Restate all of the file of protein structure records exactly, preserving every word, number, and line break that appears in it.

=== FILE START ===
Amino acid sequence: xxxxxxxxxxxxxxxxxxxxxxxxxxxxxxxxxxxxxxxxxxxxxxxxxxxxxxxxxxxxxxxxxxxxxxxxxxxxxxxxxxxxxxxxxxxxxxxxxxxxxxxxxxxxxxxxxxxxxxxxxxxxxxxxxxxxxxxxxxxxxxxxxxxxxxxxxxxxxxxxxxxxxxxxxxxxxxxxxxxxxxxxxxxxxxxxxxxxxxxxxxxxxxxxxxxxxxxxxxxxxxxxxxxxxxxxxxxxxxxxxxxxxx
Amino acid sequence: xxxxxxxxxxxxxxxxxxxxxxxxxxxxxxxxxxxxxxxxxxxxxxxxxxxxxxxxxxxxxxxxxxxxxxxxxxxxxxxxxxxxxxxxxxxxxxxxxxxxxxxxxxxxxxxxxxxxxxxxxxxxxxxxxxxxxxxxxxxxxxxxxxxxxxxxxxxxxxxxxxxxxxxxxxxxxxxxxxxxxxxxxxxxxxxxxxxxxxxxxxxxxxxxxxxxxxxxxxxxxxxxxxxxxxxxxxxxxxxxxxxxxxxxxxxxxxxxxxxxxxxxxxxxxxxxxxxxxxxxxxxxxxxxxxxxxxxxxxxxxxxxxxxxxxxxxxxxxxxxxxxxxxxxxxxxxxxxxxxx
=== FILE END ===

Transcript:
Amino acid sequence: xxxxxxxxxxxxxxxxxxxxxxxxxxxxxxxxxxxxxxxxxxxxxxxxxxxxxxxxxxxxxxxxxxxxxxxxxxxxxxxxxxxxxxxxxxxxxxxxxxxxxxxxxxxxxxxxxxxxxxxxxxxxxxxxxxxxxxxxxxxxxxxxxxxxxxxxxxxxxxxxxxxxxxxxxxxxxxxxxxxxxxxxxxxxxxxxxxxxxxxxxxxxxxxxxxxxxxxxxxxxxxxxxxxxxxxxxxxxxxxxxxxxxx
Amino acid sequence: xxxxxxxxxxxxxxxxxxxxxxxxxxxxxxxxxxxxxxxxxxxxxxxxxxxxxxxxxxxxxxxxxxxxxxxxxxxxxxxxxxxxxxxxxxxxxxxxxxxxxxxxxxxxxxxxxxxxxxxxxxxxxxxxxxxxxxxxxxxxxxxxxxxxxxxxxxxxxxxxxxxxxxxxxxxxxxxxxxxxxxxxxxxxxxxxxxxxxxxxxxxxxxxxxxxxxxxxxxxxxxxxxxxxxxxxxxxxxxxxxxxxxxxxxxxxxxxxxxxxxxxxxxxxxxxxxxxxxxxxxxxxxxxxxxxxxxxxxxxxxxxxxxxxxxxxxxxxxxxxxxxxxxxxxxxxxxxxxxxx